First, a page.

The full-ha-sockets configures a series of port numbers for various protocols and services. Most of these port numbers are unchanged in the profiles and only three are modified. Jgroups-mping and jgroups-udp are changed to for cluster communication. mod-cluster affects full-ha profile’s modcluster subsystem, which is used to communicate with the JWS Apache http server.

   <socket-binding-group name="full-ha-sockets" default-interface="public">
   …
       <socket-binding name="jgroups-mping" port="0" multicast-address="${jboss.default.multicast.address:230.0.0.1}" multicast-port="45700"/>
   …
       <socket-binding name="jgroups-udp" port="55200" multicast-address="${jboss.default.multicast.address:230.0.0.1}" multicast-port="45688"/>
   …
       <outbound-socket-binding name="mod-cluster">
      <remote-destination host="10.19.137.37" port="6661"/>
       </outbound-socket-binding>
   </socket-binding-group>

Finally, the new server group is added and replaces the default ones:

    <server-groups>
        <server-group name="demo-cluster" profile="full-ha">
            <jvm name="default">
                <heap size="66m" max-size="512m"/>
            </jvm>
            <socket-binding-group ref="full-ha-sockets"/>
            <deployments>
                <deployment name="postgresql-9.4.1208.jar" runtime-name="postgresql-9.4.1208.jar"/>
                <deployment name="clusterApp.war" runtime-name="clusterApp.war"/>
                <deployment name="chat.war" runtime-name="chat.war"/>
            </deployments>
        </server-group>
    </server-groups>

This server group has three applications deployed:

  • The first deployment, postgresql-9.4.1208.jar is the JDBC driver JAR file for PostgreSQL Database. The configured datasource called ClusterDS relies on this driver, and declares its dependency on it.
  • The second deployment clusterApp.war is a clustered application deployed by the configuration script, to validate and demonstrate clustering capabilities. It includes a distributable web application, stateless and clustered stateful sessions beans, a JPA bean with second-level caching enabled and MDBs to consume messages from a distributed queue.
  • The third deployment is chat.war, which is used to demonstrate the WebSocket feature of Java EE 7.

The second and passive cluster/domain is configured through the same script with a slightly modified property file. The only properties that is changed for the second domain are as follows:

domainController: the IP address of the domain controller, running on node2
domainName: passive for the passive domain
offsetUnit: 1 for the passive domain
modClusterProxy: The host:port value of the proxy for the passive cluster

5.4. Configuration Scripts (CLI)

5.4.1. Overview

The management Command Line Interface (CLI) is a command line administration tool for JBoss EAP 7. The Management CLI can be used to start and stop servers, deploy and undeploy applications, configure system settings, and perform other administrative tasks.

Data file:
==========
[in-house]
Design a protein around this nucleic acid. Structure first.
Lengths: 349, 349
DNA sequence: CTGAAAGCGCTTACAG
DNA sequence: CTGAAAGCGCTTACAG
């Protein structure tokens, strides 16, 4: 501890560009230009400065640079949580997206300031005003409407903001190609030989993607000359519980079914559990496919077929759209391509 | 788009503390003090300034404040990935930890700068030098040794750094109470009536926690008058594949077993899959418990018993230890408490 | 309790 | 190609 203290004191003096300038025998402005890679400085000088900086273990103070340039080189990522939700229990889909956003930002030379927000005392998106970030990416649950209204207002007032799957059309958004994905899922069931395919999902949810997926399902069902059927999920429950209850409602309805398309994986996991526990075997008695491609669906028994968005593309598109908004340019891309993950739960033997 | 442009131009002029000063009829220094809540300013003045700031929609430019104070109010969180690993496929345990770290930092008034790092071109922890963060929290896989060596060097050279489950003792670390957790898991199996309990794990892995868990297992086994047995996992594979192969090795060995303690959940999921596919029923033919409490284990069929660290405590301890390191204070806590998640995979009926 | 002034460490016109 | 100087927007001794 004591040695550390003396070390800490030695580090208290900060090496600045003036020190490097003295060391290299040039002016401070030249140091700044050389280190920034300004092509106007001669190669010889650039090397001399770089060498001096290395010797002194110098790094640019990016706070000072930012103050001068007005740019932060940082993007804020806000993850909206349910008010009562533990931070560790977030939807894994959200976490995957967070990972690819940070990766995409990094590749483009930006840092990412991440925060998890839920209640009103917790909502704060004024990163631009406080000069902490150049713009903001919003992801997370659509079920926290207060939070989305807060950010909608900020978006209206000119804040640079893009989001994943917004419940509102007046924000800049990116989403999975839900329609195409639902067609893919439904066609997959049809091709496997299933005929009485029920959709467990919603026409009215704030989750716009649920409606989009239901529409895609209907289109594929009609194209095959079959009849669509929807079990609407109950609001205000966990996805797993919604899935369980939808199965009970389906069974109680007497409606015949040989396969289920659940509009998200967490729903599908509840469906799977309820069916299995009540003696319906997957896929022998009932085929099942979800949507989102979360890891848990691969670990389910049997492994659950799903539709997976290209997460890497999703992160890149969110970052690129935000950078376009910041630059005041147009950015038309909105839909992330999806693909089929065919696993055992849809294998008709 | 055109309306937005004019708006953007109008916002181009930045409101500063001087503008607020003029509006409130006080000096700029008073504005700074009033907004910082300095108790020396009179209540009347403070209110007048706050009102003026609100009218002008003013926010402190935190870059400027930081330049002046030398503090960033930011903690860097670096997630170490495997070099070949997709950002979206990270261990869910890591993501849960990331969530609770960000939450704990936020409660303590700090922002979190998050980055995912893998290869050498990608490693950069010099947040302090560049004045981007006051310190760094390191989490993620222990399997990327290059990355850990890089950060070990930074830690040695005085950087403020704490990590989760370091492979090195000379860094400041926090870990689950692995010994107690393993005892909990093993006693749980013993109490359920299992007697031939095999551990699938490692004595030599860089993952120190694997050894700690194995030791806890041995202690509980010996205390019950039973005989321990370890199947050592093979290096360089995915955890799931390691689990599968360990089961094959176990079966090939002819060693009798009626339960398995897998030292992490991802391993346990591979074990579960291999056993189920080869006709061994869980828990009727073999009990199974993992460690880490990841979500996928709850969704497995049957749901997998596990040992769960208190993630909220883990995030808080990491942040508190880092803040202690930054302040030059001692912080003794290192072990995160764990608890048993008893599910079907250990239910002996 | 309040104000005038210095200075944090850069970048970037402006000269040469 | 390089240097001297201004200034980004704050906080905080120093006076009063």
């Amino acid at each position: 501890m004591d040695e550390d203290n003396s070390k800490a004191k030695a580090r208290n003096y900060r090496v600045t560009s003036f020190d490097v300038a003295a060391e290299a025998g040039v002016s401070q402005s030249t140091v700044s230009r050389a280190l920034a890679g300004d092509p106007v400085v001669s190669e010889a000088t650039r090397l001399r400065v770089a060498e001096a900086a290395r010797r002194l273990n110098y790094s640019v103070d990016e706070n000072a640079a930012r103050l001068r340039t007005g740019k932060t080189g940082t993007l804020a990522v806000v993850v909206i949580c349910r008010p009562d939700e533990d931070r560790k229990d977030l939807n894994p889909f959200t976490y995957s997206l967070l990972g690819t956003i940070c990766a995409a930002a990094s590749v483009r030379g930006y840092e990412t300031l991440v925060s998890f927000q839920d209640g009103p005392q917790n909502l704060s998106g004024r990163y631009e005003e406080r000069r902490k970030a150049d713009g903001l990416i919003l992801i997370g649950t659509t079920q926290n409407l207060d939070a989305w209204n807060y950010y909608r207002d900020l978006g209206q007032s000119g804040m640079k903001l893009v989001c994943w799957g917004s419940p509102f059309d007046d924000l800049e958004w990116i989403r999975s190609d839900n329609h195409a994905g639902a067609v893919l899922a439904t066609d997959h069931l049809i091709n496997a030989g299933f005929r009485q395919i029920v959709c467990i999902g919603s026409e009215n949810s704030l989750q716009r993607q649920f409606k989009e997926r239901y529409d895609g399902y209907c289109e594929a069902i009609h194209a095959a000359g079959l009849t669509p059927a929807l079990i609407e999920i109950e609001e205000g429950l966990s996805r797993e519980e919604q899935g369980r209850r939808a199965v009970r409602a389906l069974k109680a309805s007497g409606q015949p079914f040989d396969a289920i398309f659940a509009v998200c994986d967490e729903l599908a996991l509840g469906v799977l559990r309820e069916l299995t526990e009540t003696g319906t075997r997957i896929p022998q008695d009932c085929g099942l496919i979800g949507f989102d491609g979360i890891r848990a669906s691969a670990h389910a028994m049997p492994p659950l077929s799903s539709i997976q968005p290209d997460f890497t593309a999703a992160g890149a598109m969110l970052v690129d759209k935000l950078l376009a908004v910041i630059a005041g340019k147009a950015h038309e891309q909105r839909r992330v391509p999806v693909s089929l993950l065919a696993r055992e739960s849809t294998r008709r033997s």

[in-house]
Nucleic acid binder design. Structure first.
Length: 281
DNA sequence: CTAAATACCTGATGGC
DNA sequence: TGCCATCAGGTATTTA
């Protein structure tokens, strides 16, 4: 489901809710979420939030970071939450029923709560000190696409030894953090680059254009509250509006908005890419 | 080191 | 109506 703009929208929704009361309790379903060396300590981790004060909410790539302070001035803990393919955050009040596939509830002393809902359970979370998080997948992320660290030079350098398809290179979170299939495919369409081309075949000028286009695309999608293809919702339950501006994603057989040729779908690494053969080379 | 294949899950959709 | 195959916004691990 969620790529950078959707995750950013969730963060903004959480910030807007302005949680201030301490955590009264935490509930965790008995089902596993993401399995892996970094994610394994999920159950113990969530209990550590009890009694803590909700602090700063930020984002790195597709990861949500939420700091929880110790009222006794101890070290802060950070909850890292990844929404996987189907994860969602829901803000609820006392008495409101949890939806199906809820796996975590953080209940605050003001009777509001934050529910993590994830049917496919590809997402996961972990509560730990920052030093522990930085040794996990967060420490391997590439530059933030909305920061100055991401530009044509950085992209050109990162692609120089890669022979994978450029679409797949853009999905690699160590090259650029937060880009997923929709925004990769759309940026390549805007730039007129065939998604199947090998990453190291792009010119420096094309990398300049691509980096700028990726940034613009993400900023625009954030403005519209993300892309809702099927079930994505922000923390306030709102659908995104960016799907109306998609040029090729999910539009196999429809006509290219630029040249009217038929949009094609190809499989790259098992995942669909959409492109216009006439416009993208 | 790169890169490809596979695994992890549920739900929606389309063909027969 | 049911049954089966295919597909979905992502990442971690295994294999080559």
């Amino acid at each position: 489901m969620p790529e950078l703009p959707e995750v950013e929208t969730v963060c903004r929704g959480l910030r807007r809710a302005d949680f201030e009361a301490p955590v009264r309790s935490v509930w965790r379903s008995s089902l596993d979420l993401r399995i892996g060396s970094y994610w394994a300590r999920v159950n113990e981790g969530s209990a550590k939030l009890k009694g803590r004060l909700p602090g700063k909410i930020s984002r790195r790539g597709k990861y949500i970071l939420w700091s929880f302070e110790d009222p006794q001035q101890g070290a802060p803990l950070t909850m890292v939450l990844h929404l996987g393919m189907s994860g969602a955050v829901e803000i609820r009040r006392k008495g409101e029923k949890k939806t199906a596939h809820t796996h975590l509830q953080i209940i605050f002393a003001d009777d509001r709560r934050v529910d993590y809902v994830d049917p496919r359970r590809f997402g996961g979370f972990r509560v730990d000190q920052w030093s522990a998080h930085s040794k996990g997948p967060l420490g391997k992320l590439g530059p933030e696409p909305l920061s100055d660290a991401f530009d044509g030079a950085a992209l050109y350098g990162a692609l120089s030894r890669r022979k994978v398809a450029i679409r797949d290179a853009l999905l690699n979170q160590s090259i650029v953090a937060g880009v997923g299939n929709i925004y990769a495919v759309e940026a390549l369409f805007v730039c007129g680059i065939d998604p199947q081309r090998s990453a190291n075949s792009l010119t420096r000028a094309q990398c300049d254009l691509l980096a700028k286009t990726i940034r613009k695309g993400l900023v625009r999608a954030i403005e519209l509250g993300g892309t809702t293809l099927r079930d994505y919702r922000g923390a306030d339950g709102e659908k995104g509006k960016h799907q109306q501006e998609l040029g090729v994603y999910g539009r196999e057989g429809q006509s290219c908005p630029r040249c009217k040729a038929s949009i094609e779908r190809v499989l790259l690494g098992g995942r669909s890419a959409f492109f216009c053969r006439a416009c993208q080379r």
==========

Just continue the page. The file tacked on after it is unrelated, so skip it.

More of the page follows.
A CLI operation request consists of three parts:

  • an address, prefixed with a slash “/”.
  • an operation name, prefixed with a colon “:”.
  • an optional set of parameters, contained within parentheses “()”.

The configuration is presented as a hierarchical tree of addressable resources. Each resource node offers a different set of operations. The address specifies which resource node to perform the operation on. An address uses the following syntax:

/node-type=node-name

  • node-type is the resource node type. This maps to an element name in the configuration XML.
  • node-name is the resource node name. This maps to the name attribute of the element in the configuration XML.
  • Separate each level of the resource tree with a slash “/”.

Each resource may also have a number of attributes. The read-attribute operation is a global operation used to read the current runtime value of a selected attribute.

5.4.2. Command-line interface (CLI) Scripts

This reference architecture uses CLI script to setup the whole domain structure.

JBoss EAP 7 introduced embed-host-controller for CLI scripts, also referred to as Offline CLI, which allows the setup of domain environments without the need of starting a domain first.

There are two ways to invoke the embed-host-controller to configure the domain.

1) To set up domain.xml on DMC box:

# /opt/jboss-eap-7.0/bin/jboss-cli.sh embed-host-controller --domain-config=domain.xml --host-config=host.xml --std-out=echo

2) To set up host-slave.xml on DMC box, so that after running the CLI, the host-slave.xml can be manually copied to slave boxes:

# /opt/jboss-eap-7.0/bin/jboss-cli.sh -Djboss.domain.master.address=10.19.137.34 embed-host-controller --domain-config=domain.xml --host-config=host-slave.xml --std-out=echo

5.4.2.1. Shell Scripts

For this reference architecture, the CLI is invoked through the configure.sh shell script in both cases.

The configure.sh script performs the following tasks in order:

  • Stop all running jboss threads
# pkill -f 'jboss'
  • Clean up the environment by removing the CONF_HOME and server folder
  • Restore the last good configuration by copying it from CONF_BACKUP_HOME
if [ -d $CONF_BACKUP_HOME ]
then
   echo "========configuration to remove: " $CONF_HOME
   rm -rf $CONF_HOME